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United States of America v. The International Spy Museum - Settlement Agreement

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4.  The Museum, developed by a private entity, The Malrite Company, is located at 800 F Street, N.W., in the District of Columbia. According to the Museum, it is the only public museum in the world solely dedicated to the tradecraft, history, and contemporary role of espionage. The Museum claims that its permanent exhibits feature the largest collection of international espionage artifacts ever placed on public display -- many for the first time. These artifacts, combined with historic photographs, are displayed in innovative formats including state-of-the-art audio visual programs, computer interactive displays and special effects. The Museum's operations include a museum, a restaurant, auditoriums, and a museum shop and affect commerce. Accordingly, the Museum is a place of public accommodation covered by title III of the ADA. 42 U.S.C. §§ 12181(7)(B), (D), (E), (H).

5.  Under title III, the Museum must ensure that no individual with a disability is discriminated against on the basis of a disability in the full and equal enjoyment of the Museum's goods, services and facilities. 42 U.S.C. § 12182; 28 C.F.R § 36.201. Title III also requires the Museum to remove barriers to access in existing facilities where it is readily achievable to do so. Any new construction or alteration to any buildings or facilities including exhibitions, must be made in such a manner that those buildings or facilities meet the requirements of title III of the ADA. 42 U.S.C. § 12183; 28 C.F.R. §§ 36.401, 36.402.

6.  The Museum is housed in a block of five historic buildings that were extensively renovated between 2001 and 2002 and is, therefore, covered by the alterations provisions of title III. 42 U.S.C. § 12183(a)(2); 28 C.F.R. § 36.402. Under title III, any alterations to a place of public accommodation, such as a museum, after January 26, 1992, shall be made to ensure that, to the maximum extent feasible, the altered portions of the facility are readily accessible to and usable by individuals with disabilities, including individuals who use wheelchairs. 42 U.S.C. §§ 12181(7)(H), 12183(a)(2); 28 C.F.R. § 36.402.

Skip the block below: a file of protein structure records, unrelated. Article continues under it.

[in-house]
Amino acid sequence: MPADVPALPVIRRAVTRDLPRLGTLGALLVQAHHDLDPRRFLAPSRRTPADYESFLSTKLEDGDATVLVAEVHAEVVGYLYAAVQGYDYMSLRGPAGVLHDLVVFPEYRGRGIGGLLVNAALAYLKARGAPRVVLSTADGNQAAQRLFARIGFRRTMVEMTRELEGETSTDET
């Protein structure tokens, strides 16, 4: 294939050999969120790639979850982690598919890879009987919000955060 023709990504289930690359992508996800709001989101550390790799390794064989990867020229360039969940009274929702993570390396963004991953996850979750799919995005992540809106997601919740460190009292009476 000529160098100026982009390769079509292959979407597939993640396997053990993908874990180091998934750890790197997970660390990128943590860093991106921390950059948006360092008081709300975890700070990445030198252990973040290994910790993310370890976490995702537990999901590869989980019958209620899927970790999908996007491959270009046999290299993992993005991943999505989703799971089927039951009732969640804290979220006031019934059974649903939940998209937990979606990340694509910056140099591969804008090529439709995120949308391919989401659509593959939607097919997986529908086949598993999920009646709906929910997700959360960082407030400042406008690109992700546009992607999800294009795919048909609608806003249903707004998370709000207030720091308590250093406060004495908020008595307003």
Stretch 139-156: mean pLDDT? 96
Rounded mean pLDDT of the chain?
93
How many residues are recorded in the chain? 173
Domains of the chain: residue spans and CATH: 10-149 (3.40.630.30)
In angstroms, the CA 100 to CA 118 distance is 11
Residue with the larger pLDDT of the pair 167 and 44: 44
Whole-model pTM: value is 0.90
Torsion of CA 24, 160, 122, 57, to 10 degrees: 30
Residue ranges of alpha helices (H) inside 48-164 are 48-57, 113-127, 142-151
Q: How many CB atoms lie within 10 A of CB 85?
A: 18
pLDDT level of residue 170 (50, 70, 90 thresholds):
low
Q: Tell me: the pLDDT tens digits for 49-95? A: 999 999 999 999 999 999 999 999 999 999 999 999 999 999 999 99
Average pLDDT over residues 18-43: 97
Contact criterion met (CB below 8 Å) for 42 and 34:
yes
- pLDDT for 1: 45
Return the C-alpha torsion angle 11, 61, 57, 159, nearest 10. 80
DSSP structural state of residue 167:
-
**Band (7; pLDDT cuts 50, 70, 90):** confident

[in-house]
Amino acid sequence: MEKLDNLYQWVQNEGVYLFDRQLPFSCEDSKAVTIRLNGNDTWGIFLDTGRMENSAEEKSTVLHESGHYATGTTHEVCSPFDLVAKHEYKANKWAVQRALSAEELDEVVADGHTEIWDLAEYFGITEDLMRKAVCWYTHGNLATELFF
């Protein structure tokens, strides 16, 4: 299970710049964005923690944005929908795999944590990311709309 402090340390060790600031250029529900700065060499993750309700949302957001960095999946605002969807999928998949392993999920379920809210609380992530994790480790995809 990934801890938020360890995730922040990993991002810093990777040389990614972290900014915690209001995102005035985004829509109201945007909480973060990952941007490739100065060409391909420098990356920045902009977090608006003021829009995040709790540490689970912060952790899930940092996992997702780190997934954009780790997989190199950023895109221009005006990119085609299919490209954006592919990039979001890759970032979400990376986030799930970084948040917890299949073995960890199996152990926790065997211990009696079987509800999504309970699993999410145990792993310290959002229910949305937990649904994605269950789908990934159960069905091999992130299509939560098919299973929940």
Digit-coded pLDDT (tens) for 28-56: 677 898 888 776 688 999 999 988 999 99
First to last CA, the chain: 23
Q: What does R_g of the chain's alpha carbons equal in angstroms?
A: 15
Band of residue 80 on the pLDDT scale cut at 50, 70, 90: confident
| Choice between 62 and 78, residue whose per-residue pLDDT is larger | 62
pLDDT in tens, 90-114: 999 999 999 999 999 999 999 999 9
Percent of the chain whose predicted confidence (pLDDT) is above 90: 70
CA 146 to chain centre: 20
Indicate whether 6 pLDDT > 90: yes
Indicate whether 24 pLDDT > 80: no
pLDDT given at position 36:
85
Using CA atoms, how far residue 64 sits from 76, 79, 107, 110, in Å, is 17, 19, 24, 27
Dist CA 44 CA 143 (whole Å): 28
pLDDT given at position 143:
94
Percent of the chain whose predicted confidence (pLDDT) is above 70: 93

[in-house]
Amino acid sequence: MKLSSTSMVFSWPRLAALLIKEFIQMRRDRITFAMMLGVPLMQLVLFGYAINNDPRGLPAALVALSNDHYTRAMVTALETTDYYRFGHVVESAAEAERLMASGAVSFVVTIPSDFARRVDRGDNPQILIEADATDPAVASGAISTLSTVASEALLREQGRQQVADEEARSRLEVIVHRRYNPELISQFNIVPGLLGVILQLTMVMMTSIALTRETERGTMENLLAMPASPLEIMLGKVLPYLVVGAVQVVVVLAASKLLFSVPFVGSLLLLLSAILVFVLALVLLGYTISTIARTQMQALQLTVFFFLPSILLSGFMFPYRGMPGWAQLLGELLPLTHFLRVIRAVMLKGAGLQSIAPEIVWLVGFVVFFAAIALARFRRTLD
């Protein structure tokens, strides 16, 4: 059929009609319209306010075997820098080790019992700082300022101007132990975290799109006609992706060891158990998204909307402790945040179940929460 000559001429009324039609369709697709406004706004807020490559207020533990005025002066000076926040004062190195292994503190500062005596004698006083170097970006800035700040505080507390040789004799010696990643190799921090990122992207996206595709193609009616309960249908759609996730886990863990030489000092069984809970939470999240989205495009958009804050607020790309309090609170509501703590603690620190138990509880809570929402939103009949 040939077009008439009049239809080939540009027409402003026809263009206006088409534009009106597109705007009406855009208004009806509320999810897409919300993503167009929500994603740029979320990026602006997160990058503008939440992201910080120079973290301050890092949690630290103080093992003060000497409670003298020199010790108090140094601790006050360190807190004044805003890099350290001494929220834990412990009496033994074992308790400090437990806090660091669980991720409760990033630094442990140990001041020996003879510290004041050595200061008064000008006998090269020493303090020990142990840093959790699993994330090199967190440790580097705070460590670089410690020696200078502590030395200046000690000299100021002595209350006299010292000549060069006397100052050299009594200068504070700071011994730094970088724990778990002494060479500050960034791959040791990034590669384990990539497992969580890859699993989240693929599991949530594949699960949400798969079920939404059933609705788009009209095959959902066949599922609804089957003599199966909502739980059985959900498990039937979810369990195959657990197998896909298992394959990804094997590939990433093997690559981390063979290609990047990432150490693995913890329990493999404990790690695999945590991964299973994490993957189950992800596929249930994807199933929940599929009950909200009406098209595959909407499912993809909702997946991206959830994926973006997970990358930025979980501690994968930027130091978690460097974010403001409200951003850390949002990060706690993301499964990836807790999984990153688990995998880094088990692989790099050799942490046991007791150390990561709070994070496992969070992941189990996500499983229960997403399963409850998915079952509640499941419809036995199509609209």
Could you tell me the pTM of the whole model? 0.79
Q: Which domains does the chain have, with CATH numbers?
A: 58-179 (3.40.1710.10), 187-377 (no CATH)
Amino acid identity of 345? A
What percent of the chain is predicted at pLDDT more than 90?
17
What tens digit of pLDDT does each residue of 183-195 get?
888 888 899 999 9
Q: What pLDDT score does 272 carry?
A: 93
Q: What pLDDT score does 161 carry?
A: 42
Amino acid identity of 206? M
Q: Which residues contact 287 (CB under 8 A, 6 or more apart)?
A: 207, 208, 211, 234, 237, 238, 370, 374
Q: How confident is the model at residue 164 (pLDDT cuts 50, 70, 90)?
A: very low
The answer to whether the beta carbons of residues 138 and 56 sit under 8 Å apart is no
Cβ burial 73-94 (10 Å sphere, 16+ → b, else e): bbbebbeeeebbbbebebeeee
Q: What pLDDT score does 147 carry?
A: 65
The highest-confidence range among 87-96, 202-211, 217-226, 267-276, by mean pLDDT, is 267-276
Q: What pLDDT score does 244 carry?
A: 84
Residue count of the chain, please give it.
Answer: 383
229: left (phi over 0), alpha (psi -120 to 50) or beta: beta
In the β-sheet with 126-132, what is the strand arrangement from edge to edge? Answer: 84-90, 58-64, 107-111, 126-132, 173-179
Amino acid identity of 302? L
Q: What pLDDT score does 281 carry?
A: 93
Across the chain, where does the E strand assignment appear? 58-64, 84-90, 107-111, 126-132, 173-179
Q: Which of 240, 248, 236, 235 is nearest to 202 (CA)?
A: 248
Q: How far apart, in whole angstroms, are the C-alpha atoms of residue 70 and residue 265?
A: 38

7.  Public accommodations, including those which own, lease or operate museums, are also required to provide full and equal enjoyment of the "goods, services, facilities, privileges, advantages, or accommodations" in the most integrated setting appropriate to individuals with disabilities. 42 U.S.C. § 12182(b)(1)(B); 28 C.F.R. § 36.203. To do so, an entity must:

a.  Ensure that no individual with a disability is discriminated against on the basis of disability in the full and equal enjoyment of its services and facilities, 42 U.S.C. §§ 12182 - 12183;

b.  Modify policies, practices, and procedures in order to afford access to services and facilities to individuals with disabilities, unless making such modifications would fundamentally alter the nature of such services and facilities, 42 U.S.C. §§ 12182(a), 12182(b)(2)(A)(ii);

c.  Remove architectural barriers in its existing facilities where such removal is readily achievable, 42 U.S.C. § 12182(b)(2)(A)(iv);

d.  Ensure that all of its newly constructed or altered buildings and facilities, including exhibitions, are readily accessible and usable by individuals with disabilities as required by the ADA regulations 42 U.S.C. § 12183(a); See 28 C.F.R. Part 36, Appendix A (the ADA Standards for Accessible Design ("Standards"));

e.  Ensure that the content of its exhibits, public programs, and other offerings are accessible and effectively communicated to individuals with disabilities making, where necessary, appropriate auxiliary aids and services available to ensure effective communication to individuals with hearing and vision impairments unless taking such steps would fundamentally alter the nature of the content of such exhibits, public programs and offerings or result in an undue burden. 42 U.S.C. § 12182(b)(2)(A)(iii).

8.  The ADA authorizes the Department to investigate any complaint alleging the Museum's failure to provide full and equal enjoyment of its goods, services, facilities, privileges, advantages or accommodations in an integrated setting to individuals with disabilities. 42 U.S.C. §§ 12182 - 12183, 12188(b)(1)(A)(i).

9.  The ADA also requires the Department to conduct periodic compliance reviews of public accommodations. 42 U.S.C. § 12188(b)(1)(A)(i).

10.  The Department is further authorized to commence a civil action in a United States district court if it is unable to secure voluntary compliance in any case that involves a pattern or practice of discrimination or that raises issues of general public importance and to seek injunctive relief, monetary damages, and civil penalties. 42 U.S.C. §§ 12188(b)(1)(B), 12188(b)(2).

11.  The Department, with the cooperation of the Museum, investigated Mr. Byington's complaint and conducted a compliance review of the Museum's accessibility to individuals with disabilities under title III and the Department's implementing regulation, 28 C.F.R. Part 36.

12.  As a result of the concerns raised by the Department, the Museum has engaged in some innovative efforts to offer individuals with disabilities equal access to its exhibits, programs and activities.


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